May 2006
Volume 47, Issue 13
ARVO Annual Meeting Abstract  |   May 2006
HPLC–ESI/MS Analysis of A2E and Its Relation With Carotenoids in Overlying Retina
Author Affiliations & Notes
  • B. Serban
    Moran Eye Center, University of Utah, Salt Lake City, UT
  • P. Bhosale
    Moran Eye Center, University of Utah, Salt Lake City, UT
  • P.S. Bernstein
    Moran Eye Center, University of Utah, Salt Lake City, UT
  • Footnotes
    Commercial Relationships  B. Serban, None; P. Bhosale, None; P.S. Bernstein, None.
  • Footnotes
    Support  NIH Grant EY11600;Research to Prevent Blindness;Steinbach Foundation
Investigative Ophthalmology & Visual Science May 2006, Vol.47, 2885. doi:
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      B. Serban, P. Bhosale, P.S. Bernstein; HPLC–ESI/MS Analysis of A2E and Its Relation With Carotenoids in Overlying Retina . Invest. Ophthalmol. Vis. Sci. 2006;47(13):2885.

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      © ARVO (1962-2015); The Authors (2016-present)

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Purpose: : A2E and its isomer iso–A2E, the major fluorophores of lipofuscin in human retinal pigment epithelium (RPE), are thought to be important mediators of light–induced oxidative damage associated with aging. Understanding the biochemical mechanisms of their formation and function may provide helpful insight into the pathogenesis of age–related macular degeneration (AMD). In this study, we have measured the levels of A2E and iso–A2E from human RPE and correlated them with the amounts of macular carotenoid pigments present in overlying retinal and macular tissues.

Methods: : RPE and retina samples were collected from donor eyes free of ocular pathology. A solvent–based extraction protocol was used to obtain A2E from RPE tissue (Parish et al. Proc Natl Acad Sci 1998). The amounts of A2E, iso–A2E and their oxidation products were determined by reverse–phase HPLC coupled with an in–line single quadrupole mass spectrometer (MS) in a positive ion electron spray ionization (ESI) mode. Ocular carotenoids in overlying retinal tissues were measured by HPLC–MS with atmospheric pressure chemical ionization (APCI) and were correlated with the levels of A2E.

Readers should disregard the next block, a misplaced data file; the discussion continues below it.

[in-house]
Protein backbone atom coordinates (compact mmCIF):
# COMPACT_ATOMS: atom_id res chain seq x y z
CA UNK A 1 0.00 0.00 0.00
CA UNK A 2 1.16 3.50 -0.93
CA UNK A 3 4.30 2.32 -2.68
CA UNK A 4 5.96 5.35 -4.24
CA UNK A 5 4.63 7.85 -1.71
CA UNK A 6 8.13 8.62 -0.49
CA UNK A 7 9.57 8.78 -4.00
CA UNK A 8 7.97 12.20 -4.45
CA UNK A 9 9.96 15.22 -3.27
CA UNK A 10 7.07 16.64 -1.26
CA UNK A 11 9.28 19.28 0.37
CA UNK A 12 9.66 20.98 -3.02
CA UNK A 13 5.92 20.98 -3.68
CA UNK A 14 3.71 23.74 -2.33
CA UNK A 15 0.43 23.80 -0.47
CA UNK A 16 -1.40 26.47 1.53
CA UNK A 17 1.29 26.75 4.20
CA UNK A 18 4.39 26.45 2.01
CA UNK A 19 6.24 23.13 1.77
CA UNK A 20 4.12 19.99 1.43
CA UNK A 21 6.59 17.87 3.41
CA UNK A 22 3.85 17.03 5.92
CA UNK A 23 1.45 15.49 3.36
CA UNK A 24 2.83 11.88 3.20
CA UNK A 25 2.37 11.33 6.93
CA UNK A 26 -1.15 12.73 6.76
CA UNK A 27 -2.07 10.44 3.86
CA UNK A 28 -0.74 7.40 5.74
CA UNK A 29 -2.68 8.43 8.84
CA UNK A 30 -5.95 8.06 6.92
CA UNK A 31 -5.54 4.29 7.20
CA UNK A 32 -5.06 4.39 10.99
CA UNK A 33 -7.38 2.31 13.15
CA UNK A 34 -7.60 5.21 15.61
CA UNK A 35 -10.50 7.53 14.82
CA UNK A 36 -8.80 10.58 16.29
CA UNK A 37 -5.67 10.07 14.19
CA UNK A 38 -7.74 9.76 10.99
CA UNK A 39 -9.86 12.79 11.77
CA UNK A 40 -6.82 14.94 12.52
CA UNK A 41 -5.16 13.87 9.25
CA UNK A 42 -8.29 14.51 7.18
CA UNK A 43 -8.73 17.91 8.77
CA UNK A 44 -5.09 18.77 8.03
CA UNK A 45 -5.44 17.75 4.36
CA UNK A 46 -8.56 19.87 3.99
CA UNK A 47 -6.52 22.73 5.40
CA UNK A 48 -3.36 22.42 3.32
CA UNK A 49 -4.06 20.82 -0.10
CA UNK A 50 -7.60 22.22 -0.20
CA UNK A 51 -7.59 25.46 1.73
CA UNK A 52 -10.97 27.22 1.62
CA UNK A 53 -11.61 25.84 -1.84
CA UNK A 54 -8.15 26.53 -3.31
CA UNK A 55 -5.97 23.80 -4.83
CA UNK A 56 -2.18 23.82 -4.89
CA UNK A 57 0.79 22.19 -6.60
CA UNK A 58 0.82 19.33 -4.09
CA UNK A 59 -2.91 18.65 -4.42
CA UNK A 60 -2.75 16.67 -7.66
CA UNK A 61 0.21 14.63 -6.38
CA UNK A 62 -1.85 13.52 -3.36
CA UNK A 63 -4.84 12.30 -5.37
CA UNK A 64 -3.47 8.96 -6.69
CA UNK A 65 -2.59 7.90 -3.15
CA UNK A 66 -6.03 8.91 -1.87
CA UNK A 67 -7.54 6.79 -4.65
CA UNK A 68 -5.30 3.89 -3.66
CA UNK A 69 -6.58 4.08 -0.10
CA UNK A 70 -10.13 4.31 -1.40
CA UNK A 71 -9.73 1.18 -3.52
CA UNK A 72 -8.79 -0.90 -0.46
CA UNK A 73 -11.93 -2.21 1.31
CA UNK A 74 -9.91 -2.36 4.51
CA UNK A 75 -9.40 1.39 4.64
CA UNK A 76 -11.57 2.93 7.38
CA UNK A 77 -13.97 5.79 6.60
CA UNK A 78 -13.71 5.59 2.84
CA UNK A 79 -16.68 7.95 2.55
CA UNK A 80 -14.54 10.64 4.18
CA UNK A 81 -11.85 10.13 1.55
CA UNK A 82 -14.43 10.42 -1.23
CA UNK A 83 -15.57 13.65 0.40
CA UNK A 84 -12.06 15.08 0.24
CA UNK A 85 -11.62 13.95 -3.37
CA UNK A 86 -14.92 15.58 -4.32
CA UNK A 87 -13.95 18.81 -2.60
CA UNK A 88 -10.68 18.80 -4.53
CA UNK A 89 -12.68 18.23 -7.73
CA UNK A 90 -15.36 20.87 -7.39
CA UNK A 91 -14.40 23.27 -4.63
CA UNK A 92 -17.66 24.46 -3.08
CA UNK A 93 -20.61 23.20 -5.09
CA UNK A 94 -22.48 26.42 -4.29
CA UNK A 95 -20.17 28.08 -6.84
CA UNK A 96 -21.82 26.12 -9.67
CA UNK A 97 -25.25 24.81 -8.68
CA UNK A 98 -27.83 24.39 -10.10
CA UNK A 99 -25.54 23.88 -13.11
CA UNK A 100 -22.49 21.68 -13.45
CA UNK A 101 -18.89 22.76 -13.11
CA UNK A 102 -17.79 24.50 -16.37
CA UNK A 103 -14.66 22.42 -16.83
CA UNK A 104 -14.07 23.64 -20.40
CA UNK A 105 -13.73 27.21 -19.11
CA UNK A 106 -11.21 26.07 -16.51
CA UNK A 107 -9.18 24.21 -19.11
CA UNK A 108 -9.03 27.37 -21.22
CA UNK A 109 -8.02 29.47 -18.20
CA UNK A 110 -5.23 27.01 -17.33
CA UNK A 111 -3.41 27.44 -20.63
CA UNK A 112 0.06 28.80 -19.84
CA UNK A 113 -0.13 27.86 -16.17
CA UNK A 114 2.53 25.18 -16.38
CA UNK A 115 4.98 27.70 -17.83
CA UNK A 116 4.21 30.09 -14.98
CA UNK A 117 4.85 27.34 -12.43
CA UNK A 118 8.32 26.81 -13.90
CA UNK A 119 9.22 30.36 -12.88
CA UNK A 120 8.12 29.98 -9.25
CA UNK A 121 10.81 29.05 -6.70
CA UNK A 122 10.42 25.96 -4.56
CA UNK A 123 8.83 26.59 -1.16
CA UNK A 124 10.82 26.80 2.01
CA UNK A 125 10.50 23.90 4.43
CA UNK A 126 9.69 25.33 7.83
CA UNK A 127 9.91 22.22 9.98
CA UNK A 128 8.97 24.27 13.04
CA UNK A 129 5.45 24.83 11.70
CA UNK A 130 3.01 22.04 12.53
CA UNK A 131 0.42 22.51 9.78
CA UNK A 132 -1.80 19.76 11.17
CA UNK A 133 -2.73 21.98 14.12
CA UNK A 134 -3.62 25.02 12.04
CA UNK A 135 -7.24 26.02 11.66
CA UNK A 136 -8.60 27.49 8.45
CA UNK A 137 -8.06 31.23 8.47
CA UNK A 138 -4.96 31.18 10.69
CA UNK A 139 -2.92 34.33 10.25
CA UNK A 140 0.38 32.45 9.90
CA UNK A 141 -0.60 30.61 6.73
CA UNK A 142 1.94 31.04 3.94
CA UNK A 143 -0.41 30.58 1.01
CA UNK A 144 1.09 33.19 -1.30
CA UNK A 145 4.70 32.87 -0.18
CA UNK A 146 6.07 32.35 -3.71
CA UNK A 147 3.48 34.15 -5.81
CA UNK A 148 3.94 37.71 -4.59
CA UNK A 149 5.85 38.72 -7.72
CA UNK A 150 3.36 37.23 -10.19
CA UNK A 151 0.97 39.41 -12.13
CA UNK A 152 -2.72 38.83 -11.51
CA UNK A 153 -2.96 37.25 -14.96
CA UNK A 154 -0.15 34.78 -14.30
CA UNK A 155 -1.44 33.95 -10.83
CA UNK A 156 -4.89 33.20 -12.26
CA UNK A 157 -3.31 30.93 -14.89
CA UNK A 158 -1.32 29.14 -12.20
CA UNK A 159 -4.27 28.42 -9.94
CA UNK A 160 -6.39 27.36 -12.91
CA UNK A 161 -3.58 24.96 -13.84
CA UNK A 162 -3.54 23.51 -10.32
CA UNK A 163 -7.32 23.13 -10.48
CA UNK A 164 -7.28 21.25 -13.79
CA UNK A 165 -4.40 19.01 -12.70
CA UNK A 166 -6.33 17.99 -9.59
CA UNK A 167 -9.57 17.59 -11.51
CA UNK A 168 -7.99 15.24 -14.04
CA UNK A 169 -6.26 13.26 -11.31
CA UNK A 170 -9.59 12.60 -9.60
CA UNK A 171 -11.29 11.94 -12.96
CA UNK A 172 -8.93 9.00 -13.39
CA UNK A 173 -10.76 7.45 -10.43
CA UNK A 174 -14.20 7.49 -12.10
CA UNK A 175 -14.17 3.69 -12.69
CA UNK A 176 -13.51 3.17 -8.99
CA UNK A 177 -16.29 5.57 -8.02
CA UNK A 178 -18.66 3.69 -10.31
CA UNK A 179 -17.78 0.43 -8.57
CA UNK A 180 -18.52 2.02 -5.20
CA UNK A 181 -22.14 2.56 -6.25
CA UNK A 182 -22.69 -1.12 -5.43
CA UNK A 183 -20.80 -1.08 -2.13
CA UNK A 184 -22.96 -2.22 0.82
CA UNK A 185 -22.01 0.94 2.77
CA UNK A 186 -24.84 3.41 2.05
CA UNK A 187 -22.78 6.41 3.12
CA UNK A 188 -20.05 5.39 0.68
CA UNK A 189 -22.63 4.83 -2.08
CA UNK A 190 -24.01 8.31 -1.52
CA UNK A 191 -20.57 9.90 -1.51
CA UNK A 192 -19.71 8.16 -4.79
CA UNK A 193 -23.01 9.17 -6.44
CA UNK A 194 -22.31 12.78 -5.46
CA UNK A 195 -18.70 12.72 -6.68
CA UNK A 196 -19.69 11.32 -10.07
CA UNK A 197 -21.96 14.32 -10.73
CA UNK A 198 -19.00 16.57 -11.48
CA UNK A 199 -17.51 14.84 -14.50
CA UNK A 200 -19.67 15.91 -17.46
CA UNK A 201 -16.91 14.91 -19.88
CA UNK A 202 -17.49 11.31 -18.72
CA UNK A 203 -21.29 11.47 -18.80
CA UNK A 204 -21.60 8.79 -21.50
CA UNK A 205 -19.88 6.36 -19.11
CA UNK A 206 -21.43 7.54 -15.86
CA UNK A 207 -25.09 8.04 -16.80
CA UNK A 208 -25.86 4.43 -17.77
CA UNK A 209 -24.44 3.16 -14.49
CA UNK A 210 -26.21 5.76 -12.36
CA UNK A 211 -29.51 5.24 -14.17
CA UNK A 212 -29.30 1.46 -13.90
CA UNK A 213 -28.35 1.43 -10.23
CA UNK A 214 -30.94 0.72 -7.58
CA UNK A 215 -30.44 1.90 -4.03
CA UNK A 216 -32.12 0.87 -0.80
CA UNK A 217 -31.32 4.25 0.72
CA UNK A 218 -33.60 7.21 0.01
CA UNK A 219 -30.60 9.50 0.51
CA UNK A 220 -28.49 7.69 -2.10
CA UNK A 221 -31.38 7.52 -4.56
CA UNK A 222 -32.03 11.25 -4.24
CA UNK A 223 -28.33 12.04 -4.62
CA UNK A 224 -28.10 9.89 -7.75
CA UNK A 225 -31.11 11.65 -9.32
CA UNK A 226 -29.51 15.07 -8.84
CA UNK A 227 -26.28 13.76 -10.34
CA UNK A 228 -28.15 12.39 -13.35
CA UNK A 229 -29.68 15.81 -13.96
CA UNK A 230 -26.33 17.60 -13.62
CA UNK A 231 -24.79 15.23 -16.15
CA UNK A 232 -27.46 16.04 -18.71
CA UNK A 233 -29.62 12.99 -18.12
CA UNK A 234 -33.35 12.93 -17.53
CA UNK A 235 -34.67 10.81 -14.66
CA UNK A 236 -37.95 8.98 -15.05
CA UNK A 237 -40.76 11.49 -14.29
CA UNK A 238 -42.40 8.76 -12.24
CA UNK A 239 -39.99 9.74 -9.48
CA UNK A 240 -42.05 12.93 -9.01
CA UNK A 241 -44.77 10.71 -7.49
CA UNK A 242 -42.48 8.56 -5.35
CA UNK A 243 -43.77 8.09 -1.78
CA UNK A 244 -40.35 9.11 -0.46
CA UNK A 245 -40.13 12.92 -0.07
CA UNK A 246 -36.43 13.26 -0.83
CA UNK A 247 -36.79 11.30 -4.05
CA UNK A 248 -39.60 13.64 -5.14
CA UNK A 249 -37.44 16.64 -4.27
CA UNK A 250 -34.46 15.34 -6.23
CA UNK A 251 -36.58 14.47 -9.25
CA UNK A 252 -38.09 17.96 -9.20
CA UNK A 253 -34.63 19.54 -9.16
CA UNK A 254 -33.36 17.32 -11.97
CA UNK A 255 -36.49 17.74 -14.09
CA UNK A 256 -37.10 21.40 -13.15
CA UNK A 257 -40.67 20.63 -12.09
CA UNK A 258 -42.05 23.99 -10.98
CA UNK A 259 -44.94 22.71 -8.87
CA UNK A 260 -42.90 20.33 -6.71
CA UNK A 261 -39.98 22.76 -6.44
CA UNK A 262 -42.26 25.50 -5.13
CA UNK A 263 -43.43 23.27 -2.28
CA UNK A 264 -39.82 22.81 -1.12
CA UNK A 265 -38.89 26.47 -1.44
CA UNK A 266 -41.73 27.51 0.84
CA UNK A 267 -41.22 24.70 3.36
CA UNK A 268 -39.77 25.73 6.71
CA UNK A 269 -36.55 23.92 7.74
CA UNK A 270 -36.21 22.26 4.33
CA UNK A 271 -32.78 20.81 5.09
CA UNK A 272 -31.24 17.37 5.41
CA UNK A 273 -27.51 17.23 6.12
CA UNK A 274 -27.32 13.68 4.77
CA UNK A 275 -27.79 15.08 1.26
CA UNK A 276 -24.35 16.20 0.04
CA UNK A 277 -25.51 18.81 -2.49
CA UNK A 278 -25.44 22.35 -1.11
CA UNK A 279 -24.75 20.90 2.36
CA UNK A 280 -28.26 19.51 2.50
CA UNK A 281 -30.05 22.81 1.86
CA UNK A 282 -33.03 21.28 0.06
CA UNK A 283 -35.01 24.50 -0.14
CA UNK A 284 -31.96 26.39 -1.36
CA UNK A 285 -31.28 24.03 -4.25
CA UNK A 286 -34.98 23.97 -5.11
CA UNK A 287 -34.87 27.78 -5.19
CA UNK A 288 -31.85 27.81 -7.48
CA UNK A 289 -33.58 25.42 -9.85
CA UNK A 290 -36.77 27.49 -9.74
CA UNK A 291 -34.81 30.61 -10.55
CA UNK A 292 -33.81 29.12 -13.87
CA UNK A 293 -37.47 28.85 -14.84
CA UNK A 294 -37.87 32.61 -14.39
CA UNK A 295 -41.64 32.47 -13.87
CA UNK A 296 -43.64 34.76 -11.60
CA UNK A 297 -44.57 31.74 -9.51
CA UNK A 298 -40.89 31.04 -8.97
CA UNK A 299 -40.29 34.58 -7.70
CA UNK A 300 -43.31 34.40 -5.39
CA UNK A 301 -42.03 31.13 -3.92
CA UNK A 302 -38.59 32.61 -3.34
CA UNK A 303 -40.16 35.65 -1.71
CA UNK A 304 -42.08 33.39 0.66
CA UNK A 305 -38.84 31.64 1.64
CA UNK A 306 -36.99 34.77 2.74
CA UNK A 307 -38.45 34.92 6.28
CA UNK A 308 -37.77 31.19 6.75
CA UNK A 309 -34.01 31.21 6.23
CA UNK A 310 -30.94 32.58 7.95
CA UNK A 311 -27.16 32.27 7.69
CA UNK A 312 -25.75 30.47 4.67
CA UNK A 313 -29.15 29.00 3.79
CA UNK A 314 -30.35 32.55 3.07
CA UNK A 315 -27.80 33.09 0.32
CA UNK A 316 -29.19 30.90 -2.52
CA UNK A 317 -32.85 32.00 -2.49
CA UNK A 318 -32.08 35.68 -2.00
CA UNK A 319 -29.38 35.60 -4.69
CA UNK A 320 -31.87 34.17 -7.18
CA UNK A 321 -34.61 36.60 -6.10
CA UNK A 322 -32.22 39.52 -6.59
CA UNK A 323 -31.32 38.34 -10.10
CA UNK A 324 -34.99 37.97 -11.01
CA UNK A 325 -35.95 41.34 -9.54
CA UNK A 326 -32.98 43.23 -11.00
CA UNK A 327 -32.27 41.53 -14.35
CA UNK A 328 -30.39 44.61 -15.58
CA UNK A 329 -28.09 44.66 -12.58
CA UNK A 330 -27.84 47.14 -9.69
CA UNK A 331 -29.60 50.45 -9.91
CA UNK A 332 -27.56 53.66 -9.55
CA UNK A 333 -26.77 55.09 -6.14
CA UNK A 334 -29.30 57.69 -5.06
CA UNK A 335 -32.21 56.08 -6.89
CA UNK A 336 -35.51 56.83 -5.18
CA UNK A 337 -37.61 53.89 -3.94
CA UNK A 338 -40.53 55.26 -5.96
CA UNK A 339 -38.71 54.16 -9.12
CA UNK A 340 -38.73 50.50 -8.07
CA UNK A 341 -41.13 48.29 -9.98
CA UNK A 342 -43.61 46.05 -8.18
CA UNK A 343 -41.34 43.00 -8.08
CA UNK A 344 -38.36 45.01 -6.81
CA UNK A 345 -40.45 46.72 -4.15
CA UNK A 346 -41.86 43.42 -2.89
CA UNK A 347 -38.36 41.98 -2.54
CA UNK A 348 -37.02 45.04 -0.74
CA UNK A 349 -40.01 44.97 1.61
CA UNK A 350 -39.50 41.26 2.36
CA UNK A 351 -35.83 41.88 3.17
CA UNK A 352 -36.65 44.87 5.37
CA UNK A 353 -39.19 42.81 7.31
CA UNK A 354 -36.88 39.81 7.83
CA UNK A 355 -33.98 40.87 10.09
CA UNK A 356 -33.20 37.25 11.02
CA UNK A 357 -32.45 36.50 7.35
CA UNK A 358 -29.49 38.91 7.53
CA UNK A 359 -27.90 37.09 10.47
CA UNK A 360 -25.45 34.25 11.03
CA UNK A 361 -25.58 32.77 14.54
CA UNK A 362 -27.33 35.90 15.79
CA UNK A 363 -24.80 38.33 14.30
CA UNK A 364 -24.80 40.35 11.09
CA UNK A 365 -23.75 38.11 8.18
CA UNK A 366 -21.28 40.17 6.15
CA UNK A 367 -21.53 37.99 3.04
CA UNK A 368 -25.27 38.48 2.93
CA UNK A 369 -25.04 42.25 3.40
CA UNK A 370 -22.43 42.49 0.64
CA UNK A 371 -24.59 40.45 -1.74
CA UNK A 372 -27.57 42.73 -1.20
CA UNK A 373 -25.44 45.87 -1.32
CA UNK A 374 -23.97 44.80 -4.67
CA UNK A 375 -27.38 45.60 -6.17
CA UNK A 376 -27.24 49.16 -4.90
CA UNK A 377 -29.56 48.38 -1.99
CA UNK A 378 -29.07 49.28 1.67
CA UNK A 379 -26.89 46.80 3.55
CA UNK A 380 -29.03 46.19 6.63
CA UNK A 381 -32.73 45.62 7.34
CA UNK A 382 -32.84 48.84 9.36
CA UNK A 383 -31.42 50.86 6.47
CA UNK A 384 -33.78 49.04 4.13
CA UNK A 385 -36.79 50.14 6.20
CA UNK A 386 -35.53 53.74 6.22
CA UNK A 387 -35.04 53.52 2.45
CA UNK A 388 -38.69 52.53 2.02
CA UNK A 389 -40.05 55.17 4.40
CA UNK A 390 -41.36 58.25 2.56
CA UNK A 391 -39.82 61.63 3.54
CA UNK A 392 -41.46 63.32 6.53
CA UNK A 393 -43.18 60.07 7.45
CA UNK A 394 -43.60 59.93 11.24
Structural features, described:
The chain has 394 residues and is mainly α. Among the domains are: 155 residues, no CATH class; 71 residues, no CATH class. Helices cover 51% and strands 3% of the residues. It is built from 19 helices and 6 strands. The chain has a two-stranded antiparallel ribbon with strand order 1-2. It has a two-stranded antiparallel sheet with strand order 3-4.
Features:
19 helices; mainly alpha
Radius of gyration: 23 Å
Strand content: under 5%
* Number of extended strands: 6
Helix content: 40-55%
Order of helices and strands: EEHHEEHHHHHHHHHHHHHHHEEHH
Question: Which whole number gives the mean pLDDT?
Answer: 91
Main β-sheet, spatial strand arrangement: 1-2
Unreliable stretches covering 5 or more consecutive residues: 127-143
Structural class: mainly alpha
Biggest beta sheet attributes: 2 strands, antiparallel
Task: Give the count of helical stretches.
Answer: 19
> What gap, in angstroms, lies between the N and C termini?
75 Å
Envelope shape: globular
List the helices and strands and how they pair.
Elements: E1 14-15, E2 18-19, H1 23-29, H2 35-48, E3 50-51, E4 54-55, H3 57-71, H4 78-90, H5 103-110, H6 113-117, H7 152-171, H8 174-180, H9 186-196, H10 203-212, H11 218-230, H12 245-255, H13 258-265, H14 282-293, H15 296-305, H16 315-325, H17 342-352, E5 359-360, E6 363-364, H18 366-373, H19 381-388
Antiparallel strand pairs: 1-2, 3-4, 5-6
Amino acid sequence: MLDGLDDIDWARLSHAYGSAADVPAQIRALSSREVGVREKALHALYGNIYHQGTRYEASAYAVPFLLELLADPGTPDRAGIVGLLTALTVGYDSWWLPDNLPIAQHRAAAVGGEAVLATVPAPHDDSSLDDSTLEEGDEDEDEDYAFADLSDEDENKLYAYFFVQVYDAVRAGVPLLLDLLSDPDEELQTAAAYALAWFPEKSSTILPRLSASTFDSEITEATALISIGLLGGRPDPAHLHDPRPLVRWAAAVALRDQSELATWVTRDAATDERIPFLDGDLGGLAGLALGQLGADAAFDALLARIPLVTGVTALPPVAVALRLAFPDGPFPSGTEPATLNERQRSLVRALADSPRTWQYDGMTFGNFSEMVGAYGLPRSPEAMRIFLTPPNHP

Results: : Using ESI in a positive full scan mode between 350–800 m/z, major mass spectral ion peaks were observed corresponding to A2E and iso–A2E at m/z 592.7 (M) +. The limit of quantification and detection for A2E at a signal–to–noise ratio of 10 was observed to be 1 ng and 100 pg respectively, as shown by single ion monitoring (SIM) at m/z 592.7 (M) +. MS peaks at 608 and 624, monofuranoids and monoperoxides of A2E, were detected exclusively in aged donors. We observed a statistically significant increase in the total A2E levels in the RPE with age (N=66, P<0.0001). A2E levels from 8 mm punches of macula and peripheral retina were inversely correlated with the carotenoid levels from overlying retinal regions (N=27, P=0.00473). We observed that A2E levels in the macular region (2.88 ± 3.03 ng/ 8 mm punch, N=35) were approximately three times less than in peripheral retinal region (8.25 ± 4.6 ng/ 8 mm punch, N=35).

Conclusions: : The sensitivity and specificity of HPLC coupled with in–line mass spectral detection was found to be suitable for further investigation of the physiological relationships between A2E and carotenoids in human. Our results suggest that carotenoids in the overlying retina protect against the formation of potentially toxic A2E in the RPE.

Keywords: carotenoids/carotenoid binding proteins • macular pigment • retinal pigment epithelium 

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